Structural engineer: Buggy Whip building can be repaired

Credit: DaytonDailyNews

Historic Tipp City building collapses

Credit: DaytonDailyNews

Tipp City officials earlier said the partially collapsed building poses an ‘imminent danger’

A structural engineer who said he did “a thorough study” of the interior and exterior of the Buggy Whip building in downtown Tipp City found it does not pose a threat and could be repaired.

The findings were reported in a letter dated Thursday to Blake Senseman of Vandalia, owner of the building at 216 E. Main St., where building officials said a partial collapse of a floor into the basement occurred Sunday afternoon. That led to the closing of Main Street (Ohio 571) from the downtown east to Ohio 202 from Sunday afternoon until Wednesday afternoon.

>> RELATED: Part of historic building collapses in downtown Tipp City, blocks road

The closing came as the city on Monday delivered notice to the owner that the building after an exterior review by a city contract engineer and a review by the Miami County building department was “an unsafe structure and an imminent danger.”

The Thursday letter from Larry L. Fast, a forensic engineer from Sylvania, Ohio, met a 5 p.m. Thursday deadline set by city for a response from Senseman. He was ordered by the city to either present a notice from a licensed structural engineer that the building didn’t offer an imminent threat and could be put into a safe condition or to raze the building.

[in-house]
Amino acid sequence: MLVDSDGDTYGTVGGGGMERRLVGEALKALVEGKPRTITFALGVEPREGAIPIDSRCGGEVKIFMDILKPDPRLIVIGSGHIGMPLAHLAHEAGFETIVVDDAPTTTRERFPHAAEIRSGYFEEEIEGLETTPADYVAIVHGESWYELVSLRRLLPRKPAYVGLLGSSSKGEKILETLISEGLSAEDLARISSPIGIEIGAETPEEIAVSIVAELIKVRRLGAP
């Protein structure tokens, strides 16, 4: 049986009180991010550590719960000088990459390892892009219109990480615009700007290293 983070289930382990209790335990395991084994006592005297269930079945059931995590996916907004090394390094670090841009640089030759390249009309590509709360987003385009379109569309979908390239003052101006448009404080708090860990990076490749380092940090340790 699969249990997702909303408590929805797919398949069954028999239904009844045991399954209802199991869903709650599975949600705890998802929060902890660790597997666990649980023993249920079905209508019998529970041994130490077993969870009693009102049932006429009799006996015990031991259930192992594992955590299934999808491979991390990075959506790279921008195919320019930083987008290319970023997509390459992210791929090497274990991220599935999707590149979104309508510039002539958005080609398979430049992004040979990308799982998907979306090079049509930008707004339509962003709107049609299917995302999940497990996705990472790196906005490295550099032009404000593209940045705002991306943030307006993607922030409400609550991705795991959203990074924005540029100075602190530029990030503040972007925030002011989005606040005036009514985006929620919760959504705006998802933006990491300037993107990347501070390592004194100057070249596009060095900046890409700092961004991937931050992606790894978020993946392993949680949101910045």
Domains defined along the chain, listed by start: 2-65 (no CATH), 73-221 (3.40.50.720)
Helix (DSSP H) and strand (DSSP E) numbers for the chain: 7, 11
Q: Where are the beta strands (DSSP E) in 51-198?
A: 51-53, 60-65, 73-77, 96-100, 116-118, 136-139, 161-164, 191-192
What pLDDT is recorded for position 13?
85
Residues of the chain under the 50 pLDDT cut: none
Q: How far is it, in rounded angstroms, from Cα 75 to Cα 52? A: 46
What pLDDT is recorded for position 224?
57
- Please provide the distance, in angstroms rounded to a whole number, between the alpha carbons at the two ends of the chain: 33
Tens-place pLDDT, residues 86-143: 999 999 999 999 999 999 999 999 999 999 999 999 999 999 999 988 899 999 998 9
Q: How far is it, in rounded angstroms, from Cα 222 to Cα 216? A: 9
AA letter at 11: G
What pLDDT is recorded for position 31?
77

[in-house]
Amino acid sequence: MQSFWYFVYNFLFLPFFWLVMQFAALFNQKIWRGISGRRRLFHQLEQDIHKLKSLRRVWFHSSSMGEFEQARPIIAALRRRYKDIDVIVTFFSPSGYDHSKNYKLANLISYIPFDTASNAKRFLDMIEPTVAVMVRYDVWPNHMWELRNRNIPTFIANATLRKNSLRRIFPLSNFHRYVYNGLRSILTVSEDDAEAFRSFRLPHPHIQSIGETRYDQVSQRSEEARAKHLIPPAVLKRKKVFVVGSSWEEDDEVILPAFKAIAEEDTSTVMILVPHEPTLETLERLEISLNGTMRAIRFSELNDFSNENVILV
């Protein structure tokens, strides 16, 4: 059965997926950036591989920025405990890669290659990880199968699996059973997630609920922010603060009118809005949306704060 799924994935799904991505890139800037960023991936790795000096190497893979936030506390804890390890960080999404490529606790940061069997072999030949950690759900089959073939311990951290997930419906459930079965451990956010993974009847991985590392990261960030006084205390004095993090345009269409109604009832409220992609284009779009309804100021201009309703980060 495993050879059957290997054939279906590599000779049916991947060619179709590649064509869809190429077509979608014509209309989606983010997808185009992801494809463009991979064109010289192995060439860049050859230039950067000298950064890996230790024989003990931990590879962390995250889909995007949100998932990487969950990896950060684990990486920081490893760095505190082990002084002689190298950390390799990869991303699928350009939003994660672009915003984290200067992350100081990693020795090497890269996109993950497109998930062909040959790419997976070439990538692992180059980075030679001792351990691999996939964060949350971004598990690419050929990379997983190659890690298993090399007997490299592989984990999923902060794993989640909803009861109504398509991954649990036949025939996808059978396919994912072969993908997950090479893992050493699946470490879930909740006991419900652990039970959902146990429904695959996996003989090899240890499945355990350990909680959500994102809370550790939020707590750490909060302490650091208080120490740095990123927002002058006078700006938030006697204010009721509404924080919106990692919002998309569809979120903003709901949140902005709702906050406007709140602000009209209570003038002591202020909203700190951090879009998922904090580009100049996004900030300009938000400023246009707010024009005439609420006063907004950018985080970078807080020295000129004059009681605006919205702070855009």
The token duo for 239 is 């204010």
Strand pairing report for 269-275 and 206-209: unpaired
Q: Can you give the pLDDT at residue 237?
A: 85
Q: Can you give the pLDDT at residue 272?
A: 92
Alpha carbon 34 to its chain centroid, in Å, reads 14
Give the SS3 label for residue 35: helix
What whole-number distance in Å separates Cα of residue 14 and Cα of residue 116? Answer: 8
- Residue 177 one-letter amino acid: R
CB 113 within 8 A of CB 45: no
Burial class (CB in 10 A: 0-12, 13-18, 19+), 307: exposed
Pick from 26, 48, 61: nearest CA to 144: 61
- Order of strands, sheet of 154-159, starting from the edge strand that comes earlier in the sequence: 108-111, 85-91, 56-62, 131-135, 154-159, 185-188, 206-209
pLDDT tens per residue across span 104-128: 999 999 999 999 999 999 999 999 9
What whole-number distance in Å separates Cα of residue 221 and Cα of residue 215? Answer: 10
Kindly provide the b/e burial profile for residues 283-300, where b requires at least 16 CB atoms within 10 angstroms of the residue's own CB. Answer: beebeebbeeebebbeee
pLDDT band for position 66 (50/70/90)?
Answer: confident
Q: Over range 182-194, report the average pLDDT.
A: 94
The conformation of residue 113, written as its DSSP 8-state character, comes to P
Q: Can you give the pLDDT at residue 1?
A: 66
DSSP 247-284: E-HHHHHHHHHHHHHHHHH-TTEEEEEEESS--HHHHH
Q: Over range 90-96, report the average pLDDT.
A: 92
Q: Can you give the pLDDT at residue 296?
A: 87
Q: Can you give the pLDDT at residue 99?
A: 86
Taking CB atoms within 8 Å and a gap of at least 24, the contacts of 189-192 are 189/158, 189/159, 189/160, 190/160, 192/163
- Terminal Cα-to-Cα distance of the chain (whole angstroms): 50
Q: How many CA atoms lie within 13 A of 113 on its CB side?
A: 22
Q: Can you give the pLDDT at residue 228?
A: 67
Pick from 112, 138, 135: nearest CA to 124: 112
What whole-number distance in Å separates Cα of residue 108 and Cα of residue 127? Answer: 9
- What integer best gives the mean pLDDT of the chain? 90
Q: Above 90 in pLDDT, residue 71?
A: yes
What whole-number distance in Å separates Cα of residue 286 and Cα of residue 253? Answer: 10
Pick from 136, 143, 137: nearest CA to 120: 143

>> RELATED: Tipp City: Collapsed historic building poses ‘imminent threat’

With the Fast letter, John Green, city finance director and acting city manager, contacted other city officials and suggested the city hold off on any enforcement action. The issue should be revisited early next week, Green said in the email to City Manager Tim Eggleston, Law Director Jonathan Freeman and others.

“We will still need to pursue Mr. Senseman for a schedule regarding when he will make the necessary repairs to comply with the Miami County building codes and Tipp City Zoning Codes,” Green said in the email.

The building was constructed in the late 1880s on the site of a mill that had been destroyed by fire, according to information from the Tippecanoe Historical Society. It was the home of a company that made whips for operators of horse drawn buggies. It later was a blacksmith shop, an auto dealership and an antique business.

Fast wrote in letter that the building “does not pose a threat to the public.” If a wall that some feared might collapse would have collapsed, it would have been eastward into a grove of trees and not north toward the street, he said.

“The building, under qualified structural engineering directions, may be repaired so that it may be occupied and continue to be a part of Tipp City’s historic district to attract tourism,” Fast wrote.